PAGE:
be able to appear at some North Down music events. That's because


local councillors have blocked any act that's not fit for mainstream


broadcast. Joining me to discuss the issue is the MLA for North Down,


Steven Agnew. You share her concerns? I don't think it's for


councillors to decide what particularly young people should


listen to. I see it as a form of censorship.' restriction of freedom


of expression. If we look back, people protested against The


Beatles and protested against Elvis Presley. With respect, they didn't


have explicit lyrics that weren't fit for broadcast. There were


attempts to ban Elvis from the waist down? That was as big an


issue then as Eminem. I'm not a big fan. It's not the role role of


councils to decide. It's great North Down has been successful in


bringing big acts to Bangor. I would applaud the council offices


who put in that hard work. We are putting that hard work in danger.


We may not be able to get future acts when they see a council that


is trying to meddle in the acts who can and cannot perform at Ward Park.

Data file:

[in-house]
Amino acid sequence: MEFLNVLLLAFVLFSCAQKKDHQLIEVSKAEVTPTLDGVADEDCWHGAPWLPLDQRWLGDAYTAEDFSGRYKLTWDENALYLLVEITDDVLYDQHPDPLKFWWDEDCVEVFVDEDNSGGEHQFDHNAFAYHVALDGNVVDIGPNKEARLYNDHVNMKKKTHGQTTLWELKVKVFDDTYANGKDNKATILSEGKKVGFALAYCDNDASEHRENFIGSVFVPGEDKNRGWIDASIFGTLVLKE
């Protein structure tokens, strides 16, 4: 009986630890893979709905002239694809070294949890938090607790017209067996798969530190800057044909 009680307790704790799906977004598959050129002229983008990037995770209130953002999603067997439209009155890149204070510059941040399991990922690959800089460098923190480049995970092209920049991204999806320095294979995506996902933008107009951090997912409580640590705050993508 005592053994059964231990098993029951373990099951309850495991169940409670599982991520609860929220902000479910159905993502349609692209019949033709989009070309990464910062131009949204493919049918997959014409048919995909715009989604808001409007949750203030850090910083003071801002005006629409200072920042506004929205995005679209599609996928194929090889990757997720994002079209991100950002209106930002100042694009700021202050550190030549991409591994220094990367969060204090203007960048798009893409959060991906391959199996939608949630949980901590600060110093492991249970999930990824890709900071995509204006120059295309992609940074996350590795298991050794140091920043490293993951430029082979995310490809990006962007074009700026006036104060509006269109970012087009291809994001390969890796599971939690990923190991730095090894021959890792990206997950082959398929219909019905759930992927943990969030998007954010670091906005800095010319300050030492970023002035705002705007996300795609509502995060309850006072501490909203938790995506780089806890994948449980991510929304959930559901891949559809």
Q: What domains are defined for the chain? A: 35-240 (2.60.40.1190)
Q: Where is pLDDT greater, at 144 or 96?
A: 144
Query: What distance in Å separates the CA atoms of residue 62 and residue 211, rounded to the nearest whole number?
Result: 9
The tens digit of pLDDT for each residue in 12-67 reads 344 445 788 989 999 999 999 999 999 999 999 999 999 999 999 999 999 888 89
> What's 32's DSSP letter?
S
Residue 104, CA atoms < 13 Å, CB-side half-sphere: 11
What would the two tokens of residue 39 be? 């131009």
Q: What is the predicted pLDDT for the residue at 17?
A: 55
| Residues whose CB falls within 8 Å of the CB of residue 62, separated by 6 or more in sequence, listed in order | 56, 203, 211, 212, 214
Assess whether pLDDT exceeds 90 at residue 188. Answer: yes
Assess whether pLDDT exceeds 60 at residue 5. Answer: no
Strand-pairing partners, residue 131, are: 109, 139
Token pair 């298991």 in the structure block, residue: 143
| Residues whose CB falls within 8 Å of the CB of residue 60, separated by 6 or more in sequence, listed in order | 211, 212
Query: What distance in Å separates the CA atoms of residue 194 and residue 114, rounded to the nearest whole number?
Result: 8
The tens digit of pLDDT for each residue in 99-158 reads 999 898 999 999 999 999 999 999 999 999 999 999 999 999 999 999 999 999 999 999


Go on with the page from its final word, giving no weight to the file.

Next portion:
Councils are objecting to the anti- social behaviour that comes with


concerts like. This one councillor suggesting there were complaints,


50 over the last year's concert? need to address the issues of anti-


social behaviour. We recently had an Orange March in North Down there


was anti-social behaviour in and around that. Any major event that


draws people into the town we need to work with police and other


organisations to ensure that the minimum impact on residents. That


is key, ultimately, you know residents have to be happy with any


event that does take place. By in large, the people of Bangor have


supported the concerts held in Ward Park. It's good the council have a


policy on such concerts. The attempts by CllrS to say what is


appropriate and what is not that is overstepping the remit of the


council. Does it have the last word on it or will it be reversed? The


minister talked about going to the Arts Council? I will meet with


council officers involved in this. I would appeal to the councillors


to change their tune on this issue. And, equally, you know, if the Arts